The opinion of the court was delivered by: GODDARD
This is an action on behalf of an alien seaman against the ship Eurystheus, and her owners, for wages, vacation pay and transportation expenses from the port of discharge to the port of engagement said to be due on account of an alleged violation of agreement in discharging the seaman from the ship's service.
Depountis was a Greek national who signed on at Mobile, Alabama, on August 16, 1949, to the Persian Gulf and such other port and places in any part of the world as the master may direct, and back to a final port of discharge. On November 8, 1949, he was discharged at Bandar Shahpour, Persia, allegedly without his consent.
Respondent, Compania De Vapores San Antonio S.A., owner of the Eurystheus, is a corporation doing business in the United States and incorporated under the laws of Panama.
The ship was registered in Honduras and carried the flag of that country.
Respondent has moved the court to decline jurisdiction in this action between aliens.
The libelant sues under the law of Panama, the domicile of the shipowner. The answer of respondent denies that the law of Panama applies and alleges that the law of Honduras applies, and that if the law of Panama is applicable the suit is barred as not timely.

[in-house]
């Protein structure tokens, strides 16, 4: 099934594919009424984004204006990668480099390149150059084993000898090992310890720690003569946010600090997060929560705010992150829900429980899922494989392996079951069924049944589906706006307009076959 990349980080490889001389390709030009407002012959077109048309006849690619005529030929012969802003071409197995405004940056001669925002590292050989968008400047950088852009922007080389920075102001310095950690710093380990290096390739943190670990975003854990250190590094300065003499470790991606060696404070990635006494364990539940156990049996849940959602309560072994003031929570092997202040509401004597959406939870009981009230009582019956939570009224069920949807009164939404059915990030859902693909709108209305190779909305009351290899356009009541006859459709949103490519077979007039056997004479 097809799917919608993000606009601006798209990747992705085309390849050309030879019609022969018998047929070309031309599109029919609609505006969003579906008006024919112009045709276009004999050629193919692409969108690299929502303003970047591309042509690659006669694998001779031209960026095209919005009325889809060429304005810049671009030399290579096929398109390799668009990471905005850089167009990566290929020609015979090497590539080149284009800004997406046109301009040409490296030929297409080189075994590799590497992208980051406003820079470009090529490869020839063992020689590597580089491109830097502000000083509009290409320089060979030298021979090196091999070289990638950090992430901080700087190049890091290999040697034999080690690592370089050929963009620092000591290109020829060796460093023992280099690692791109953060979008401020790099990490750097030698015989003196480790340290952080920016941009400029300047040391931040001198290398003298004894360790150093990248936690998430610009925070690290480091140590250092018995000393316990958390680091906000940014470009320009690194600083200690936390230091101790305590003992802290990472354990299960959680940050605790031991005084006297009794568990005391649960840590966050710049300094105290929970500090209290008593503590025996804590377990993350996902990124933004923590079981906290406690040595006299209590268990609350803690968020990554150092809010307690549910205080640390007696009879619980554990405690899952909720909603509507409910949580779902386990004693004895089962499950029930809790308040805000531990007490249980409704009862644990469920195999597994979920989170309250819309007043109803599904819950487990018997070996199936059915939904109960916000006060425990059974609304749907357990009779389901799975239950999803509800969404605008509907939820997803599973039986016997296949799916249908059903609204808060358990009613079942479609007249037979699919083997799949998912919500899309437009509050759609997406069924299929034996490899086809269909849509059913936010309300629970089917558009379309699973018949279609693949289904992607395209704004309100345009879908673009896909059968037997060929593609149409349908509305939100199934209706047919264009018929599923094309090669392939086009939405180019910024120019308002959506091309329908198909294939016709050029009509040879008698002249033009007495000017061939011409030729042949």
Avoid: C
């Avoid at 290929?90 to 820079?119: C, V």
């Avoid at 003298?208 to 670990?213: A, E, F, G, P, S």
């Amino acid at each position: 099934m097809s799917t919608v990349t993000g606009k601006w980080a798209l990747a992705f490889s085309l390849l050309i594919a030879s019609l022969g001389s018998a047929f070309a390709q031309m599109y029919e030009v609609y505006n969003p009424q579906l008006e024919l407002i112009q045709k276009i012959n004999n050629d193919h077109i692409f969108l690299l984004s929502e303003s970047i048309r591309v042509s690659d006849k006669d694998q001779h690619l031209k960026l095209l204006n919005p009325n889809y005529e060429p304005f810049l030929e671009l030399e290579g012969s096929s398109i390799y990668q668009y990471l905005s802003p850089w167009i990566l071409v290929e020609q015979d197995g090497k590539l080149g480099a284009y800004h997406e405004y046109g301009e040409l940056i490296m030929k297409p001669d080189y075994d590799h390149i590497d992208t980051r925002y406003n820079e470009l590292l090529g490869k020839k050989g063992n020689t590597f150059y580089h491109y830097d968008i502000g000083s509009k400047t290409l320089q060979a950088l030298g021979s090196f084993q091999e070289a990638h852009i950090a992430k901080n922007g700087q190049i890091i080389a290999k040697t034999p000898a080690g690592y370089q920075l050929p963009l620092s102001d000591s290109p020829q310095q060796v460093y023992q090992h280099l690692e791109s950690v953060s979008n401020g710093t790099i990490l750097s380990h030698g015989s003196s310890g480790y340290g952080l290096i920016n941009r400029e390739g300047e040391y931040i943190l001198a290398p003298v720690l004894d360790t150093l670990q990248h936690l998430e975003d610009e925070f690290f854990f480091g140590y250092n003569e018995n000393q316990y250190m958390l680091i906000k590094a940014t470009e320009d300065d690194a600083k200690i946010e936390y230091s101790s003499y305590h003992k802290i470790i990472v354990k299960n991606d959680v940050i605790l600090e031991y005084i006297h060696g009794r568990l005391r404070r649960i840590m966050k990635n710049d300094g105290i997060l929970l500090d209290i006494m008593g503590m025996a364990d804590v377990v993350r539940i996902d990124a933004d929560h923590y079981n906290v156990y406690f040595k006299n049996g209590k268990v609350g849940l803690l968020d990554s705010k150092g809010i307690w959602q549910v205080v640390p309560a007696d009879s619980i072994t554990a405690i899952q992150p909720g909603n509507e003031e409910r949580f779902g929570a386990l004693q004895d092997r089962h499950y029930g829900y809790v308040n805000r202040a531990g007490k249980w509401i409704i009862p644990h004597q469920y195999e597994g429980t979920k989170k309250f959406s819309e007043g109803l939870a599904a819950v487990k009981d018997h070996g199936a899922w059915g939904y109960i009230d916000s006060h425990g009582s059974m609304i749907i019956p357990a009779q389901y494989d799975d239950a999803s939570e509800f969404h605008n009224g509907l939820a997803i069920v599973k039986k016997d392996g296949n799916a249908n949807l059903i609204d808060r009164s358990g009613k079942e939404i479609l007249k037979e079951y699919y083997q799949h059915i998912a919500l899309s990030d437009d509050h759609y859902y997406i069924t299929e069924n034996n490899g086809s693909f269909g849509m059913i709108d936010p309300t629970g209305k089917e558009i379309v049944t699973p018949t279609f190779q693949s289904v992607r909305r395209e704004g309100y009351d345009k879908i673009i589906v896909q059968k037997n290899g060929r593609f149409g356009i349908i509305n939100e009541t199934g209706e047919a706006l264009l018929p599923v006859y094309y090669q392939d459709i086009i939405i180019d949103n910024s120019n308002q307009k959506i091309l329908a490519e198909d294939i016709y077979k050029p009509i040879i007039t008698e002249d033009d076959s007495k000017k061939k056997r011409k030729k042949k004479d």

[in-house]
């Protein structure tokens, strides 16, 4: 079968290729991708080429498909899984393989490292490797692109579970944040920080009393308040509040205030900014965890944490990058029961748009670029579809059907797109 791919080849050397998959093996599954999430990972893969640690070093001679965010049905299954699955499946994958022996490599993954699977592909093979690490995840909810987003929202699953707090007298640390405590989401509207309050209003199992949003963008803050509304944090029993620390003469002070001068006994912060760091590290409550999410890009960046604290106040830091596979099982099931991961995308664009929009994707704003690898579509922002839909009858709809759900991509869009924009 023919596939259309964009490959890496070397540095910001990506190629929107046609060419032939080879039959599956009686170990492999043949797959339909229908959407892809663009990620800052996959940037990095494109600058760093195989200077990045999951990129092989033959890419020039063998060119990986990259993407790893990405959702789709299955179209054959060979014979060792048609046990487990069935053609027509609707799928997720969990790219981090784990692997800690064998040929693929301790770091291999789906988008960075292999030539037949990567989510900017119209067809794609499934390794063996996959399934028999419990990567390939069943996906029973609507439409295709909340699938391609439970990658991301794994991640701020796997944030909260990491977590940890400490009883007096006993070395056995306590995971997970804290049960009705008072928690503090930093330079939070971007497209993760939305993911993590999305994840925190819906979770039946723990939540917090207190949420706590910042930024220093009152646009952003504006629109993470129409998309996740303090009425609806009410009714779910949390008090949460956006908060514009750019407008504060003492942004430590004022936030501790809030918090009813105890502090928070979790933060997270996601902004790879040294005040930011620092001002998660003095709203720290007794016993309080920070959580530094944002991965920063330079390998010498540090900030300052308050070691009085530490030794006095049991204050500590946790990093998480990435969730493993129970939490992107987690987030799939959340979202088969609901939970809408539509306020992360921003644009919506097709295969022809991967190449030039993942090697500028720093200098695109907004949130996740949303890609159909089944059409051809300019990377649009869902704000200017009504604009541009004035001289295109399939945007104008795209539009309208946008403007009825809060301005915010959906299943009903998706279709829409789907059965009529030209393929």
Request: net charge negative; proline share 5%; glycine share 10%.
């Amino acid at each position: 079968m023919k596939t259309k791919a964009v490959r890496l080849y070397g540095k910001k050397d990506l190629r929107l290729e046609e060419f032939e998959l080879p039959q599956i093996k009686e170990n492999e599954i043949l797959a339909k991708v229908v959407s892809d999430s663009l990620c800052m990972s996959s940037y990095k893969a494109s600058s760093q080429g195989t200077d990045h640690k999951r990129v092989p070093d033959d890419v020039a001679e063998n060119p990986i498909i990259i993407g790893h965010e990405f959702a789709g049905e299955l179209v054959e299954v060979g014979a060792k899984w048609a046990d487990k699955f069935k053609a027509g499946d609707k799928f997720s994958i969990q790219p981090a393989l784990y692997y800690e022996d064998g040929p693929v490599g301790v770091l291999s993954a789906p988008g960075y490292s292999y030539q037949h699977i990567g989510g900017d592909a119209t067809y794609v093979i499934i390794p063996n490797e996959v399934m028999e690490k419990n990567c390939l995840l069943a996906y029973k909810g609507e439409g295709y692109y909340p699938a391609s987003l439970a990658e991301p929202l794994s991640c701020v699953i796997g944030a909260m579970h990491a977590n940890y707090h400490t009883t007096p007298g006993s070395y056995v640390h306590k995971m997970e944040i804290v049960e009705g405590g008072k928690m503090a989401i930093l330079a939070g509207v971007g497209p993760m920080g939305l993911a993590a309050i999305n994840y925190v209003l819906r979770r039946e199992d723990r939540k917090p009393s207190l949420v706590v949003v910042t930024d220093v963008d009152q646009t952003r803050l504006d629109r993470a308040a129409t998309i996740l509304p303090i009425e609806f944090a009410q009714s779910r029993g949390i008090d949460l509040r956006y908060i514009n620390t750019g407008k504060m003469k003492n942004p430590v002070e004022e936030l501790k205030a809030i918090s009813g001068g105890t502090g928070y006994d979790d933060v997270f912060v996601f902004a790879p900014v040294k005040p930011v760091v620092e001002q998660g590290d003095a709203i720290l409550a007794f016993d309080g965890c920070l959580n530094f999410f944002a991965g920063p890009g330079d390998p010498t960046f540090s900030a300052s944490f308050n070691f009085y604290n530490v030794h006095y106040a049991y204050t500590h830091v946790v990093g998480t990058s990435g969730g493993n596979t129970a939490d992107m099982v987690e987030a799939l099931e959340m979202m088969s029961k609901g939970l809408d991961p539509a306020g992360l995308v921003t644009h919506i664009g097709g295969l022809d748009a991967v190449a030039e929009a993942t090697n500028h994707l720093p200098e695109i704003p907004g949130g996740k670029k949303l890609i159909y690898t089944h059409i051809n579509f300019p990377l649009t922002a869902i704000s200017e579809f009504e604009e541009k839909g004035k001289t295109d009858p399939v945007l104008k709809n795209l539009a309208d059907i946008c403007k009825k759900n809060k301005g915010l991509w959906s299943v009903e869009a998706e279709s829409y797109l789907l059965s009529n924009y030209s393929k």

between Honduras and the United States provides that:
'A consular officer shall have exclusive jurisdiction over controversies arising out of the internal order or private vessels of his country * * * (and) shall also have jurisdiction over issues concerning the adjustment of wages and the execution of contracts relating thereto provided the local laws so permit.'
In an affidavit of Juan F. Funes, Consul General of Honduras in New York, which has been submitted, he states that his office is prepared to hear libelant's claim and to pass upon the merits so that a proper determination may be made under the laws of Honduras. Panama and Honduras are both parties to a multilateral treaty, being a Code of Private International Law, approved in 1928 by the Sixth International American Conference. The treaty contains the following provisions:
'Article 274. The Nationality of ships is proved by the navigation license and the certificate of registration and has the flag as an apparent distinctive symbol.
'Article 279. The powers and obligations of the master and the liability of the proprietors and ship's husbands for their acts are also subject to the law of the flag.
Article 281. The obligations of the officers and seamen and the internal order of the vessel are subject to the law of the flag.' League of Nations Treaty Series, 246, 326, vol. 86, 1929.
According to the plain terms of this treaty the appropriate law applicable to the internal order of the vessel is the law of the flag. Seamen's contracts are treated as matters of internal order or economy. See Taylor v. Atlantic Maritime Co., 2 Cir., 179 F.2d 597.
In the absence of treaty the result that the law of the flag controls seems to be called for under the conflict of laws principles recognized in this ...